YES featuring Jon Anderson, Trevor Rabin and Rick Wakeman
50th Anniversary - Live at the Apollo
What do Yes and the Austro-Hungarian Empire have in common? Fifty years of existence, naturally. Original vocalist and co-founder Jon Anderson, former keyboardist Rick Wakeman and ‘80s-era guitarist/vocalist Trevor Rabin celebrate that milestone on this collection, culled from an evening at Manchester, England’s Apollo Theater in early 2017. This two-CD, three-LP and DVD/Blu-Ray finds the trio of Yes veterans joined by drummer Lou Molino III and bassist Lee Pomeroy as they work their way through a series of compositions culled from classic-era LPs as well as from the Rabin-centric 1980s.
Stalwarts and computer keyboard pundits will find reason to be skeptical before they’ve heard a note. The truth, however, is they needn’t worry. Wakeman is arguably the quintessential keyboardist for that most affirmatively-named progressive rock outfit (no easy feat considering his predecessor/successor Tony Kaye’s role and the contributions that Geoff Downes, Patrick Moraz and his own son, Oliver, have made in that role) and hearing him attack the material here with his flourishes and fluidity proves worth the price of admission alone.
Wakeman has long said that one of his great regrets was that he and Rabin had not been able to work as the sole guitar/keyboard unit in Yes. When they toured together in the early 1990s, in support of the Union LP they were both doubled by Kaye and Steve Howe, respectively. Instead of reaching for authentic note-for-note re-creations of these well-known songs, listeners are instead treated to something more spectacular. New ground is broken, new possibilities realized.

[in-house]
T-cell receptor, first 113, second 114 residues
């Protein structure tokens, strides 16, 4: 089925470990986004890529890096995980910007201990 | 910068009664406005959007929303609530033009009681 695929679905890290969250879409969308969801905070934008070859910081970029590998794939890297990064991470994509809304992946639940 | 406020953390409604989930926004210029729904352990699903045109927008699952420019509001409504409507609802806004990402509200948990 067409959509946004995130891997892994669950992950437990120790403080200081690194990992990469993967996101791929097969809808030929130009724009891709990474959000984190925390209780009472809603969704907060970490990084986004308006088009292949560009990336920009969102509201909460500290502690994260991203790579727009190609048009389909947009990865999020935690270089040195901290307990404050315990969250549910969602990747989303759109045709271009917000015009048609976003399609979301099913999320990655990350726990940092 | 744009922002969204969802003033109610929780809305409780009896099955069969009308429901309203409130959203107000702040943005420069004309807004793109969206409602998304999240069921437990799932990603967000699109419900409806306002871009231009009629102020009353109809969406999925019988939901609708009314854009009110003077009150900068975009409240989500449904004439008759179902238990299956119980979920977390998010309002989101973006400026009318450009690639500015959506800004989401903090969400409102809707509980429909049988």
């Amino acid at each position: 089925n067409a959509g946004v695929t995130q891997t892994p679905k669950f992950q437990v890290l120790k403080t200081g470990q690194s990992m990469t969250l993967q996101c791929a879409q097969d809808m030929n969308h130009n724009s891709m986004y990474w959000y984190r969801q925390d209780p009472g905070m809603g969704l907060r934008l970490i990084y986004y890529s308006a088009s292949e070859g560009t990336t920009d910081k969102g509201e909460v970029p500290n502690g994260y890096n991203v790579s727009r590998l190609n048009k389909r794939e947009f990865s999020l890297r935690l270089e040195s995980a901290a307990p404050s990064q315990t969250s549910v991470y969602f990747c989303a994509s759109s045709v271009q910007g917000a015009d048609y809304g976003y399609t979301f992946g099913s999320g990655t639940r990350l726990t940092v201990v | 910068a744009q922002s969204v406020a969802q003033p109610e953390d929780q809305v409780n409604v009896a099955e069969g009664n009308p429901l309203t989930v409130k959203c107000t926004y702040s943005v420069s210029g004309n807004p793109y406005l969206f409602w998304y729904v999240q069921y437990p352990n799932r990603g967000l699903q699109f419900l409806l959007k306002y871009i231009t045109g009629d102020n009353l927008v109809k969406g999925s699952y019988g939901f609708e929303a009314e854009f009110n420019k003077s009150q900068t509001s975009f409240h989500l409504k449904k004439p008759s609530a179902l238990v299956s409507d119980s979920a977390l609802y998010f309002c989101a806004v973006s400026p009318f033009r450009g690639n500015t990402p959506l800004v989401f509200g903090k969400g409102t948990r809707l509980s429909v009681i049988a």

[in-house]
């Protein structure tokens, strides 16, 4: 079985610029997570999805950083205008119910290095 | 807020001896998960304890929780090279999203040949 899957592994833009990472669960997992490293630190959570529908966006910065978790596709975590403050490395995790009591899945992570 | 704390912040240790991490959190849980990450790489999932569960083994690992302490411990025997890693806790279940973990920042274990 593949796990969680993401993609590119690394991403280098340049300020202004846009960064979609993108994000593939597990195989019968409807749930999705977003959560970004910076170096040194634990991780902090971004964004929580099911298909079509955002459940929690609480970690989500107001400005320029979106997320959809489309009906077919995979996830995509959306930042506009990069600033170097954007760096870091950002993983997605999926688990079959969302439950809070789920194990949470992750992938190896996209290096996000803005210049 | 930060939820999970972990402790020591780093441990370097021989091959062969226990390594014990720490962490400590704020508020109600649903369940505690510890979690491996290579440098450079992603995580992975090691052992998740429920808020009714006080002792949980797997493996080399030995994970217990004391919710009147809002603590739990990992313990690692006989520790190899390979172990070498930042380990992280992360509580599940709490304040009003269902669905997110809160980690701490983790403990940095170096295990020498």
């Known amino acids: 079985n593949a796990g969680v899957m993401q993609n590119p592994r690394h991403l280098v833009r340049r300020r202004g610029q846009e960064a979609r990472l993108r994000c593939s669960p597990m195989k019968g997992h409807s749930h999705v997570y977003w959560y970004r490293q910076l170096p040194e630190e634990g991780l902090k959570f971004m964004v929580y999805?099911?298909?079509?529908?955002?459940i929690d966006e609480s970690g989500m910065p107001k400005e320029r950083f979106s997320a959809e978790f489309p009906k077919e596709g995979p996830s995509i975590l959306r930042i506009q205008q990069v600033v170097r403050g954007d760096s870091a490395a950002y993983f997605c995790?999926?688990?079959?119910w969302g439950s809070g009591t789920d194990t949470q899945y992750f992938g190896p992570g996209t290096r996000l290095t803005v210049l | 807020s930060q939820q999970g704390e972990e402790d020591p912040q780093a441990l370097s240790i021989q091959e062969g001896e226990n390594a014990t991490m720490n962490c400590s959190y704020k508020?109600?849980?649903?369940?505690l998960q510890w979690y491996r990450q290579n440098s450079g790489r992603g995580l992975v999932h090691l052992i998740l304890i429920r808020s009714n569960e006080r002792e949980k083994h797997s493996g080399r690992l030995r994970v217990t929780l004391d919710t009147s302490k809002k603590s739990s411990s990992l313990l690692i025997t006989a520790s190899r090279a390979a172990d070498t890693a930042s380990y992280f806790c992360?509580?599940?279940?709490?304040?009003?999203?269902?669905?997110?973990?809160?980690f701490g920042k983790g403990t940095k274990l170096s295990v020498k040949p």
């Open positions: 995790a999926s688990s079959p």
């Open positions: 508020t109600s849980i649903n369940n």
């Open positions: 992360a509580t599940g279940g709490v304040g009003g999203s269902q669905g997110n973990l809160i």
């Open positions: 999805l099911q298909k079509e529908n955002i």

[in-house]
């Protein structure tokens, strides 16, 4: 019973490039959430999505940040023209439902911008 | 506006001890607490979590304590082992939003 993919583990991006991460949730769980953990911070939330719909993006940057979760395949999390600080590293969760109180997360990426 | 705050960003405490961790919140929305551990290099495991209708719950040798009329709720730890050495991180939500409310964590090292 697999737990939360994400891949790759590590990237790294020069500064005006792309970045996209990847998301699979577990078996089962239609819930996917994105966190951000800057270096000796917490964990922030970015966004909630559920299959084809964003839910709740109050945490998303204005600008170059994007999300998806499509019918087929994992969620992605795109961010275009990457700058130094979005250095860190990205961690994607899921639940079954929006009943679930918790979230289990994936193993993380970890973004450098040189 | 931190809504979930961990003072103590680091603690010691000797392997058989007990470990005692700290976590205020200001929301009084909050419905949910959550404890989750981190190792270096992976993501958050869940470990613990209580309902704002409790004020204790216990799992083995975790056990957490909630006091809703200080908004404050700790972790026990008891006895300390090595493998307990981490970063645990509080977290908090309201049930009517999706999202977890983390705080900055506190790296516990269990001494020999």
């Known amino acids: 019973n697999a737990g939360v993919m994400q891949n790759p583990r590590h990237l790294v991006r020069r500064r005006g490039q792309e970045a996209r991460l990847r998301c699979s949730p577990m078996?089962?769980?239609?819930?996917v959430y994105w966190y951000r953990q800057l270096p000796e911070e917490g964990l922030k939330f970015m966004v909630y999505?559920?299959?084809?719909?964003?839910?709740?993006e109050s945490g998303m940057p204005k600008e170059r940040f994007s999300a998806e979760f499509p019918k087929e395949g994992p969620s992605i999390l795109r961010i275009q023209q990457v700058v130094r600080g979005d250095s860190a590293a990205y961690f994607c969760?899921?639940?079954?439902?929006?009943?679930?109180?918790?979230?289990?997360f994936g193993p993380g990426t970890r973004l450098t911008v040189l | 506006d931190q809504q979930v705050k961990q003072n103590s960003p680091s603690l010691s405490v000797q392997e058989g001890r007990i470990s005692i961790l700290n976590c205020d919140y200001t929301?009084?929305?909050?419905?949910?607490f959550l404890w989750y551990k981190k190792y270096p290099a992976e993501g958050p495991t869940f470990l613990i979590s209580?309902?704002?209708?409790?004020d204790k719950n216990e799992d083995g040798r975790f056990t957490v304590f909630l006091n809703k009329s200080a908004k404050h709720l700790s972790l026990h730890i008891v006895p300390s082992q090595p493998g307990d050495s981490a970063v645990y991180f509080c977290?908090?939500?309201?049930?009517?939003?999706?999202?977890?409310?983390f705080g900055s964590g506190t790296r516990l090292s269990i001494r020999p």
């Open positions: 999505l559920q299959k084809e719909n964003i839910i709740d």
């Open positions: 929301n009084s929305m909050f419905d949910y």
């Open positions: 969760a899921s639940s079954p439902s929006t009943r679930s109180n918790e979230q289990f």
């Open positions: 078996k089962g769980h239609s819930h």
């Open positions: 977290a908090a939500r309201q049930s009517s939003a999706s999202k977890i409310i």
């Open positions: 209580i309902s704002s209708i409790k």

“Hold On,” which originally appeared on 1983’s 90125, becomes an amalgam of the Wakeman era and Rabin’s would-be heavy metal-cum-New Wave tendencies, swaying and simmering with a newfound vitality. “I’ve Seen All Good People” retains its buoyancy while also taking on unexpected British folk rock properties surprisingly not always evident in the original recording. “Long Distance Runaround/ The Fish (Schindleria Praematurus)” receives ample treatment that brings it fully into the new century.
The Rabin-Wakeman merger proves especially exhilarating. The guitarist adds flourishes that weave their way nicely between the keyboardist’s original parts, giving the composition a renewed urgency and creative spark. One can hear it in “Lift Me Up,” which sprang into the world via the aforementioned Union. The original always revealed itself as an ace composition even if the production-by-committee sealed it in Reagan-Bush-era aspic that stilted its true potential. Here, it breathes with a swirling excitement that will have you seeking a new shaman by the time it winds to a close.
Meanwhile, “Roundabout” zips with a newfound urgency and (ahem) drama that suggests it will live long beyond the lifetime of its composers. Wakeman, to his credit, plays the tune as though it’s the first time he’s finding the nuances, his touches all soul and excitement and the thrill of creation.
And Anderson? Well, it seems impossible to imagine that he was in this fine a voice into his early seventies and yet he never disappoints. What could this outfit do with new music?